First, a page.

August 30, 2010

Shades of Gray

Sometimes the hardest part of being a father is dealing with the Shades of Gray. These are the questions that they pepper me with about topics that cannot be answered in black and white terms. They ask why it is wrong to kill people and ok to support some wars. They want to know why it is ok for dad to scream "fuck" when he bangs his head on a cabinet but it is not ok to say at other times.

They hear a story about a homeless man who stole food and ask if I would steal food for them. I tell them that we don't have to worry about it but they push for answers. I know that they won't rest so I answer them. I tell them that if there are no alternatives I will do what I have to do to make sure that they eat.

A little finger is waved in front of my nose as a six-year-old lectures me that I am only allowed to take enough to feed the family. Her older brother isn't willing to let her take the lead so he offers instruction of his own- "dad won't steal more than he has to." Suddenly sibling rivalry is in full effect and the dark haired beauty is only too happy lecture her brother and I about how I might go to jail.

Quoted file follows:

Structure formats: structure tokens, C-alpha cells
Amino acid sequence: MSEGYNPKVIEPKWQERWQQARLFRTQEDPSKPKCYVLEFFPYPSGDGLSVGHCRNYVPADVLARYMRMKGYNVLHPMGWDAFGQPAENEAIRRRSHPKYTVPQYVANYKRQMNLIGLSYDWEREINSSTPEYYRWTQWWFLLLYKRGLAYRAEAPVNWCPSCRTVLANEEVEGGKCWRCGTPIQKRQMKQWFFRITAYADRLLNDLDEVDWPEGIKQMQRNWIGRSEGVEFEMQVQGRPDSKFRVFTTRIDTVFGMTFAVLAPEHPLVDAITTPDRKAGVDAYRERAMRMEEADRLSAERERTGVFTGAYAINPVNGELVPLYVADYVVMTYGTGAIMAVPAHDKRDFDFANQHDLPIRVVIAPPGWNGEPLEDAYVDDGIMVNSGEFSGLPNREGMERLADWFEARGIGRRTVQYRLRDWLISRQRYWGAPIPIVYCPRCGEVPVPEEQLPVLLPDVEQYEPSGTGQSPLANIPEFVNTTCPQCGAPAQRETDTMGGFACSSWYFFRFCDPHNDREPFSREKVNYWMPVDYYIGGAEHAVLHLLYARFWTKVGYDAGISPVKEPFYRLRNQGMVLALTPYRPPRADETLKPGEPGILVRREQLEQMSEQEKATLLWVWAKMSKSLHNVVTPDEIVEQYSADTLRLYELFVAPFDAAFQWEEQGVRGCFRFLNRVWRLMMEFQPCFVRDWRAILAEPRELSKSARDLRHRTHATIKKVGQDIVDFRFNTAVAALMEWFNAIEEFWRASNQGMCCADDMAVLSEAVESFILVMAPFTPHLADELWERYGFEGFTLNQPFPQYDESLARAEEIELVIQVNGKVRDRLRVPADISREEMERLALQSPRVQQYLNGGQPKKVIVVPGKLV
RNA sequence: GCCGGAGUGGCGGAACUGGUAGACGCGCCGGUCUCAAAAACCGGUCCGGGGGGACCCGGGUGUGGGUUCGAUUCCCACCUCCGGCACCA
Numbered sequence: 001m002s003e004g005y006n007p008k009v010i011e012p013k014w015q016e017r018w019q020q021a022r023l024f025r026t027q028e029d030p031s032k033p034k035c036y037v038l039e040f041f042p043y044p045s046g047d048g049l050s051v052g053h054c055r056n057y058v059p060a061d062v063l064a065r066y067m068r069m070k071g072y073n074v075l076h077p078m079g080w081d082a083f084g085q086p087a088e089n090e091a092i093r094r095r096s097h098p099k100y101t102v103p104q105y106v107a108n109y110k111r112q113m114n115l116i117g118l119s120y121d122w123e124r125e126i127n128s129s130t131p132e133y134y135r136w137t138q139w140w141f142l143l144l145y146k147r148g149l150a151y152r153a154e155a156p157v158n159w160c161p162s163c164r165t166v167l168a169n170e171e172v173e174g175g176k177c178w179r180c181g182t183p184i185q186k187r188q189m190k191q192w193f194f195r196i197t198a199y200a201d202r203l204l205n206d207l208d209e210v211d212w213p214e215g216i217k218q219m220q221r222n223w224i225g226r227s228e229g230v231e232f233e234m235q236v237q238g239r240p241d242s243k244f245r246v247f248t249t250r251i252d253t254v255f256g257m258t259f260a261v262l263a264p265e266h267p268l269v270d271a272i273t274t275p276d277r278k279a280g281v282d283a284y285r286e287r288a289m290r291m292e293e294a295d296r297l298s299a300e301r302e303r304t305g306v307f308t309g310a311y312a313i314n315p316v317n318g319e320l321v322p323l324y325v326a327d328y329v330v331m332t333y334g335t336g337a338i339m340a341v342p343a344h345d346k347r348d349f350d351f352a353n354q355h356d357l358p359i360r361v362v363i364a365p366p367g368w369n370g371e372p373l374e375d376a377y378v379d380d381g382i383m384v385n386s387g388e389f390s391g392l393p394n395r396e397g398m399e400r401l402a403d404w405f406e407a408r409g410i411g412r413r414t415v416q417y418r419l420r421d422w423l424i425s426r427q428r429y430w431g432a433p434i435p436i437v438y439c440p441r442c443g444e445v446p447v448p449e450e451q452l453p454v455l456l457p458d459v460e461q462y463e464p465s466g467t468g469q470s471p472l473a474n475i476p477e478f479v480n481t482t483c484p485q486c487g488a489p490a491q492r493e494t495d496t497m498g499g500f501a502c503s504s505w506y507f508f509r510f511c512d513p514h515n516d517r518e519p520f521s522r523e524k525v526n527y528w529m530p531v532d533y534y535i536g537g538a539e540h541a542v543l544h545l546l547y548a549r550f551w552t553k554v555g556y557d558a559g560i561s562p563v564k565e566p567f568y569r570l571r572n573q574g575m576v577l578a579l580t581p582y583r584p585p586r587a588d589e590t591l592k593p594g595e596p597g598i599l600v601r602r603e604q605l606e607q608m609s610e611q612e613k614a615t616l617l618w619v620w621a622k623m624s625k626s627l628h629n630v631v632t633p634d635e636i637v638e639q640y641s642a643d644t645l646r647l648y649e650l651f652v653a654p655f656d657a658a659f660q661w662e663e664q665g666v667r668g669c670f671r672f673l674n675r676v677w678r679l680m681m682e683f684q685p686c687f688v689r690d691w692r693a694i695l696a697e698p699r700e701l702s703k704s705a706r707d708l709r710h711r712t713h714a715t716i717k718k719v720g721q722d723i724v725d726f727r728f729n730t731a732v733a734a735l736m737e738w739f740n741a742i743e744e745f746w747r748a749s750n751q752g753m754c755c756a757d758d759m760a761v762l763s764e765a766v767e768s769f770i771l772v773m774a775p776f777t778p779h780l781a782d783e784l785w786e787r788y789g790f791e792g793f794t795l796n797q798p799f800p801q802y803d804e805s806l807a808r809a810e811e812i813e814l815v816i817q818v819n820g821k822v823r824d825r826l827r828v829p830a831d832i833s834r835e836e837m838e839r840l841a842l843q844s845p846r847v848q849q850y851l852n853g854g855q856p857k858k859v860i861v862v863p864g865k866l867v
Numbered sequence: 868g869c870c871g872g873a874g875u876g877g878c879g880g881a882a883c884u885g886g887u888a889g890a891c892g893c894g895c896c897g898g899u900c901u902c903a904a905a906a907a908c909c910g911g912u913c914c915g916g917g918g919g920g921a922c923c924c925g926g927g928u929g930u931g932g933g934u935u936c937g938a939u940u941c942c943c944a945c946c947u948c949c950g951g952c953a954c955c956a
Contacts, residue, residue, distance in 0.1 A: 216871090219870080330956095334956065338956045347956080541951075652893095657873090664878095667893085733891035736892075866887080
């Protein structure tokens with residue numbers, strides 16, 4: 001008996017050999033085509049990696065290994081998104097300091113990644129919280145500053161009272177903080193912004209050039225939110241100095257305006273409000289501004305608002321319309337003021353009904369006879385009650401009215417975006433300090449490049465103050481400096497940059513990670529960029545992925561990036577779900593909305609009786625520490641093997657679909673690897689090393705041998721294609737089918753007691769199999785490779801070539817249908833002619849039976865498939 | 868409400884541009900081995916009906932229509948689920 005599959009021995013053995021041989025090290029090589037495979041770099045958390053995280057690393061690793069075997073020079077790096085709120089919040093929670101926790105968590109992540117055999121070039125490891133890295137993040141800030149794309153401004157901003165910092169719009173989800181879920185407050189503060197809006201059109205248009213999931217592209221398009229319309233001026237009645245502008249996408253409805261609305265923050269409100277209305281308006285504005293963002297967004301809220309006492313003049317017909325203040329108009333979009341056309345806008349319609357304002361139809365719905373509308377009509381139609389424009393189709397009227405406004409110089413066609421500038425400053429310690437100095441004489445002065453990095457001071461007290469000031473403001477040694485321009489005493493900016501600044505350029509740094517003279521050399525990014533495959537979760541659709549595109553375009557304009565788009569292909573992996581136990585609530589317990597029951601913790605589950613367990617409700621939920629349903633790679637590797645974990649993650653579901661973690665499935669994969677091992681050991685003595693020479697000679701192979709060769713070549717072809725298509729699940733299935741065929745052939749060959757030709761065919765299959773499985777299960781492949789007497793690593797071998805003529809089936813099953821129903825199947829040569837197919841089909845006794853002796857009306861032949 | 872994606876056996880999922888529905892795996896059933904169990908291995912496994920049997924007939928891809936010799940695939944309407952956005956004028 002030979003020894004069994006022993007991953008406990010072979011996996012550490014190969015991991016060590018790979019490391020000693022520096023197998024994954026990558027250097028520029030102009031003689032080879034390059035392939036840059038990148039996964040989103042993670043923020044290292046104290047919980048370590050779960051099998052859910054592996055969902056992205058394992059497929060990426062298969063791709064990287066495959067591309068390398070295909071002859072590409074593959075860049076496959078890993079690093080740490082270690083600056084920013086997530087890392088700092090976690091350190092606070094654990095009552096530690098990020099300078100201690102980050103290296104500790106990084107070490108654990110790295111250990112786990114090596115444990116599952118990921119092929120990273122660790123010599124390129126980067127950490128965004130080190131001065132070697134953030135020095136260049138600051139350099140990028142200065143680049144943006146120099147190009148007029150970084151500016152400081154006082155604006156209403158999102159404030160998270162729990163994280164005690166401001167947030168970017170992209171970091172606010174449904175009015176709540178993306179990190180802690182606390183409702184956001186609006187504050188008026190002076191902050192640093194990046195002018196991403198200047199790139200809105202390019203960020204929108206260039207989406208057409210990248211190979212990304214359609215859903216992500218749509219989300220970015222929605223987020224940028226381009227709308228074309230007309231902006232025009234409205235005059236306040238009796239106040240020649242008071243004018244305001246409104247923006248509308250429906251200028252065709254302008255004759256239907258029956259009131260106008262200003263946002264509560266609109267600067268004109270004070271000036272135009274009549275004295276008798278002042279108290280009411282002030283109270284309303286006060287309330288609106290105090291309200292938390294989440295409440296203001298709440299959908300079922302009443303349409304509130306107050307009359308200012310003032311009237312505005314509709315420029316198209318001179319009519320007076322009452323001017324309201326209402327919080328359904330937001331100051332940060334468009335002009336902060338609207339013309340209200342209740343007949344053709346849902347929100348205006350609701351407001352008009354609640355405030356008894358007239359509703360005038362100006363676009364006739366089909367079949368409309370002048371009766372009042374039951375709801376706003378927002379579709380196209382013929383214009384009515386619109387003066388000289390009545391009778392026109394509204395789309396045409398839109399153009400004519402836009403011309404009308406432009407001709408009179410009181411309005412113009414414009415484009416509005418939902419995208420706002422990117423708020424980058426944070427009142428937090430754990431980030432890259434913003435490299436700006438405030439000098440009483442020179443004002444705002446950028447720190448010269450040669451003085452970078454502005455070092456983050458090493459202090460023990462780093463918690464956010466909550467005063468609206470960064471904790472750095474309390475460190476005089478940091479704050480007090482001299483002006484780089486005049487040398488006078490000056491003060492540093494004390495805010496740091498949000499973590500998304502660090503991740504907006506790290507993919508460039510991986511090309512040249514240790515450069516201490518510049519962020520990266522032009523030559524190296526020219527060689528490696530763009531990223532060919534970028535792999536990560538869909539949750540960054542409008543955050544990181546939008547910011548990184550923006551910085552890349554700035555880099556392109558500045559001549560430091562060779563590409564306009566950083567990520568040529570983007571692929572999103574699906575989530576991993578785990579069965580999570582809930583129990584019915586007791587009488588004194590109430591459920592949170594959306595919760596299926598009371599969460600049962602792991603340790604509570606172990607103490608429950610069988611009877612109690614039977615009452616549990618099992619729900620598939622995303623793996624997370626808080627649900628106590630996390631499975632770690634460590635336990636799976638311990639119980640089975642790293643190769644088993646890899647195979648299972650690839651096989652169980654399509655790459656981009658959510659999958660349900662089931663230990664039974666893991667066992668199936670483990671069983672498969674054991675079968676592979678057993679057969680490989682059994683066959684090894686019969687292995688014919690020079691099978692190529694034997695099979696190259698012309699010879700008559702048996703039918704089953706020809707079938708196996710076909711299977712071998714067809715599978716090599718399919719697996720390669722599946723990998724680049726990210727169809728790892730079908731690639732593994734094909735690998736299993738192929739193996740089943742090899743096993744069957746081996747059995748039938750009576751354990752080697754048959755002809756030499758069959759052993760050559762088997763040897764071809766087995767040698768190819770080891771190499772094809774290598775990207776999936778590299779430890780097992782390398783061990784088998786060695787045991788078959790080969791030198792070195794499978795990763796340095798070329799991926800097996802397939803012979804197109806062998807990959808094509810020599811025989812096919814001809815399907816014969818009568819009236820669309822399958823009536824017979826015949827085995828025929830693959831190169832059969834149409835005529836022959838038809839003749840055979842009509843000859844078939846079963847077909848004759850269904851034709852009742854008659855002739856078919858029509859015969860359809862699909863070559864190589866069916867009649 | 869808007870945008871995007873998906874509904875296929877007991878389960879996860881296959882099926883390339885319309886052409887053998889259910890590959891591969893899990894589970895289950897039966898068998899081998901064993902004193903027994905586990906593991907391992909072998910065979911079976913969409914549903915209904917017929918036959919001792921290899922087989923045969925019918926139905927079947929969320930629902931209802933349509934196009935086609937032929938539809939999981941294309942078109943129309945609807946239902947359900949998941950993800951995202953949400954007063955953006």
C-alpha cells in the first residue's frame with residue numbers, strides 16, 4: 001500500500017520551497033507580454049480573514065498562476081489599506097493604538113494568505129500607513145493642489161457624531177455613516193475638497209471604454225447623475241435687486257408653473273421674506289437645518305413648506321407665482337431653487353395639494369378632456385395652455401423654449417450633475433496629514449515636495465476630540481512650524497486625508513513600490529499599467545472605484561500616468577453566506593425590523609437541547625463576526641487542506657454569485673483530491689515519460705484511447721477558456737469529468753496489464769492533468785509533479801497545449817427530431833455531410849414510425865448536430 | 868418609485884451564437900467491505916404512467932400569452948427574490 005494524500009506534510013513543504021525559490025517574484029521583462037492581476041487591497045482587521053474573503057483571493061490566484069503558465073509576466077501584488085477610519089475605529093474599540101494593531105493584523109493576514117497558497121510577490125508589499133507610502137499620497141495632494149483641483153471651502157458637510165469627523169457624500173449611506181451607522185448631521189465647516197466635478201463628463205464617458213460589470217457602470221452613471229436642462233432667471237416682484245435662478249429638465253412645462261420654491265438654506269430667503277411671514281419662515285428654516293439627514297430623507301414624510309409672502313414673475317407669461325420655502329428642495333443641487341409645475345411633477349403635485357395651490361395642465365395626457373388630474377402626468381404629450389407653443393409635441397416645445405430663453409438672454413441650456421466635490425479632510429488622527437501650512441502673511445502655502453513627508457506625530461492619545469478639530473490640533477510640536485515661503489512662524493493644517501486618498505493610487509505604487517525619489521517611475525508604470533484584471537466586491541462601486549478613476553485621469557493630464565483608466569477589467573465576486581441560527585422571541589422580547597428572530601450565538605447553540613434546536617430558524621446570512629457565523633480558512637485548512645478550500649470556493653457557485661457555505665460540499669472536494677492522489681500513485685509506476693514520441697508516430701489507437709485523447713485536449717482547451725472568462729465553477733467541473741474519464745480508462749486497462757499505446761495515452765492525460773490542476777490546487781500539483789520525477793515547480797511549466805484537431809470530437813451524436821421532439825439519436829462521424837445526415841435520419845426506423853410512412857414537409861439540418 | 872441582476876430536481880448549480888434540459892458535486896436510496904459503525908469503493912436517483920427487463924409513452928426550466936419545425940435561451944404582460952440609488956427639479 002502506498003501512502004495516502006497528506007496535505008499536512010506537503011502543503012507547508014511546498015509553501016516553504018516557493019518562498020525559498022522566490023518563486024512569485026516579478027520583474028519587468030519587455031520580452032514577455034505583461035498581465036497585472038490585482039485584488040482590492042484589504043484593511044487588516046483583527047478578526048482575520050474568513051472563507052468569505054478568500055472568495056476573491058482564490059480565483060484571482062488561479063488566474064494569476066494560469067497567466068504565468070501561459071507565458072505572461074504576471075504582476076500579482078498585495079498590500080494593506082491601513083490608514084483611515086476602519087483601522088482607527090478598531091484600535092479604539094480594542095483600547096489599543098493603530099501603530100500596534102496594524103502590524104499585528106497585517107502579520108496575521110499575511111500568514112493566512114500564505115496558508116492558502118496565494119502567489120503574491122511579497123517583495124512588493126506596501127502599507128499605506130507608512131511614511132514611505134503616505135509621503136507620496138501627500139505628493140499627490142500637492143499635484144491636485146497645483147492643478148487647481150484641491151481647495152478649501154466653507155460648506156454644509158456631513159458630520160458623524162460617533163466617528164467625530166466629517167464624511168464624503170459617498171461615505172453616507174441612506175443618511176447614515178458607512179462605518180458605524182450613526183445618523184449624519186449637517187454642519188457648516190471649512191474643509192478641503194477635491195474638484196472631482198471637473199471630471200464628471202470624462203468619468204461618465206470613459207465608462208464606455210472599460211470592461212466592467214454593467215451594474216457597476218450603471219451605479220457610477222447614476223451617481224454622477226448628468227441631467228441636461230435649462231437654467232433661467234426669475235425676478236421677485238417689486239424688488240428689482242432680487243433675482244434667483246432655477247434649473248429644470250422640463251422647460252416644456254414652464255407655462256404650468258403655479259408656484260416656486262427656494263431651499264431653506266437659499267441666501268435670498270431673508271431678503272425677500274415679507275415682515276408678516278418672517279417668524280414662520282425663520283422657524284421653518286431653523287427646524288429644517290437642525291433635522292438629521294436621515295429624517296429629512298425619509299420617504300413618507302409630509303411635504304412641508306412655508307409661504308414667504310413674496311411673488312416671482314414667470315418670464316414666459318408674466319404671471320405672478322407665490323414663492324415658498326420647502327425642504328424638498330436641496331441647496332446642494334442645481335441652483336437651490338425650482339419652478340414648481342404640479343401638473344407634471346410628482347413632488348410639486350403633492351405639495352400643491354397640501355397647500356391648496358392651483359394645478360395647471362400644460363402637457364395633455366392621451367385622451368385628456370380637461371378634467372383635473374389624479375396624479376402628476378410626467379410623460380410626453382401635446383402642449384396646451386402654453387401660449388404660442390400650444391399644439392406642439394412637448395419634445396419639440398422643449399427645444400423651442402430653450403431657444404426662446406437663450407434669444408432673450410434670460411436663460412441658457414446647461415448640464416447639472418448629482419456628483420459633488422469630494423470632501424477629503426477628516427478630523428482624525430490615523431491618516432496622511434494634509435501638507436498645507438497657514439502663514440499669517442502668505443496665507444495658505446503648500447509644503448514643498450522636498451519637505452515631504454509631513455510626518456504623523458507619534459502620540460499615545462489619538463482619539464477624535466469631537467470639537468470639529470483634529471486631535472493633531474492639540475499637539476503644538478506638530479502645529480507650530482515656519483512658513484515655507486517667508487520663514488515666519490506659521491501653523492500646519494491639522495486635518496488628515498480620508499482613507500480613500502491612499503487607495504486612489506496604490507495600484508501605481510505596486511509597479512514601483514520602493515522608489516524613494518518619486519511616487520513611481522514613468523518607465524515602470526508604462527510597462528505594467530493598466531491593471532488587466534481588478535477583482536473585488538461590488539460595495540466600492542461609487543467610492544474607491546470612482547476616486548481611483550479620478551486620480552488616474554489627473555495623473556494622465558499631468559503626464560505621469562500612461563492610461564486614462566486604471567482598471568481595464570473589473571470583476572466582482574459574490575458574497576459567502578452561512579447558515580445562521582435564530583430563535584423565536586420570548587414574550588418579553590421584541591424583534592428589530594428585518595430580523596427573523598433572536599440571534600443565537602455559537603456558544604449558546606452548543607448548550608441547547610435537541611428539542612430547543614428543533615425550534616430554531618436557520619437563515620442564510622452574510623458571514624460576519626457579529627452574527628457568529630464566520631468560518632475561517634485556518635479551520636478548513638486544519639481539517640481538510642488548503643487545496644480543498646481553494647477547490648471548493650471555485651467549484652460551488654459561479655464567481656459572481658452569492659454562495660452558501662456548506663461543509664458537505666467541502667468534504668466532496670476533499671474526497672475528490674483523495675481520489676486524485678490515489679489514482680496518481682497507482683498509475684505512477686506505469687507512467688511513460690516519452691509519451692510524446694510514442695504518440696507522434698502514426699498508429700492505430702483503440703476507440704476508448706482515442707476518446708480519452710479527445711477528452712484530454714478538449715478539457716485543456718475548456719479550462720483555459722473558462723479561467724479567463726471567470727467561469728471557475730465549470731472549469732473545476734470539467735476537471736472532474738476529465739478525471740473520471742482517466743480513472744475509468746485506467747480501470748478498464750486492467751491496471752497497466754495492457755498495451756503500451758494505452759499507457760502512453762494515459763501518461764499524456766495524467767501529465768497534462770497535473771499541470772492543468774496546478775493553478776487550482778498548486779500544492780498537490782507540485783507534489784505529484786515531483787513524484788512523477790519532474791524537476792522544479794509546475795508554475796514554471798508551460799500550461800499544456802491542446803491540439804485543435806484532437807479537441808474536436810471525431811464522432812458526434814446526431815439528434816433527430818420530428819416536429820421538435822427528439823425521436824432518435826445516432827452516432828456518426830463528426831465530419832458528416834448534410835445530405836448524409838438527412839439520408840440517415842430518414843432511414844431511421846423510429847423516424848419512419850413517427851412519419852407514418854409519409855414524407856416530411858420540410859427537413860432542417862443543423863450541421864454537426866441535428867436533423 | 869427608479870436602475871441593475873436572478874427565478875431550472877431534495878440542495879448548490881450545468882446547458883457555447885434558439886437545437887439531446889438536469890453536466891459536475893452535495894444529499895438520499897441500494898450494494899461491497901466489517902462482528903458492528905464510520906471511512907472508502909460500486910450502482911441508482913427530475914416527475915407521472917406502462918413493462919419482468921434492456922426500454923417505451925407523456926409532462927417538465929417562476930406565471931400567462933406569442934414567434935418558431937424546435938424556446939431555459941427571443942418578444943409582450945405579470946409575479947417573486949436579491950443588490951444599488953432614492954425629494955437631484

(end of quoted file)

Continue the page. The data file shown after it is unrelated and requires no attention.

Great, a simple discussion has spiraled into a silly talk about thievery. How the hell did I end up in this place where the kids are fighting about what happens if I get arrested. In a stern voice I shush them both and ask them if they ever remember a time when they didn't have enough to eat.

They agree that it hasn't happened. It leads to a great teaching moment in which we talk about a bunch of things including the homeless and why they shouldn't be invisible people to us. I have to run off to a business meeting so I hug and kiss the kids goodbye and head out the door.

Inside the car I decide that if I am going to have to fight traffic I might as well make use of my time by trying to come up with other situations besides theft and murder to discuss. I laugh at the absurdity of it- theft and murder, It sounds so harsh, but it is. We have spoken about stealing food to feed a family and why sometimes it is ok to go to war.

I could have gotten into a discussion about whether a just war means that people are killed or murdered, but they are far too young for that and it violates my parenting philosophy. If they want to know what time it is I tell them but I don't include how to build a clock as part of the discussion.  They only need to know as much as they need to know. That will change as they grow older, but that is ok with me.

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